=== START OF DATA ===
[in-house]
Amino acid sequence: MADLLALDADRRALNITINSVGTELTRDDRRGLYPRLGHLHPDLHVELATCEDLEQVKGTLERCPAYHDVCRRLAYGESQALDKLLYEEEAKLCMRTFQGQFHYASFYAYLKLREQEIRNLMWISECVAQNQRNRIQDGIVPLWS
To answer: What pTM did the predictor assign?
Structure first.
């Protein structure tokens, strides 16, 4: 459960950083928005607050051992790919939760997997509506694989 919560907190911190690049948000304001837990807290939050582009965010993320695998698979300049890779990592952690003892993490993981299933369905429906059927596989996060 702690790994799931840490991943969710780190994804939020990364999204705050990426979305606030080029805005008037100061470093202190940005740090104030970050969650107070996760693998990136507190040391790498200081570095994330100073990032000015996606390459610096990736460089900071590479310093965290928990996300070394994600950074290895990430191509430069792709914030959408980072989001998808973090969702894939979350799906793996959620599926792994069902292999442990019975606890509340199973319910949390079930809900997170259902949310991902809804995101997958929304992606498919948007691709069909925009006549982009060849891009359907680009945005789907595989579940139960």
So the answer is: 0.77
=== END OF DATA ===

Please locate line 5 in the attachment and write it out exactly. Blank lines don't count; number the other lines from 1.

């Protein structure tokens, strides 16, 4: 459960950083928005607050051992790919939760997997509506694989 919560907190911190690049948000304001837990807290939050582009965010993320695998698979300049890779990592952690003892993490993981299933369905429906059927596989996060 702690790994799931840490991943969710780190994804939020990364999204705050990426979305606030080029805005008037100061470093202190940005740090104030970050969650107070996760693998990136507190040391790498200081570095994330100073990032000015996606390459610096990736460089900071590479310093965290928990996300070394994600950074290895990430191509430069792709914030959408980072989001998808973090969702894939979350799906793996959620599926792994069902292999442990019975606890509340199973319910949390079930809900997170259902949310991902809804995101997958929304992606498919948007691709069909925009006549982009060849891009359907680009945005789907595989579940139960």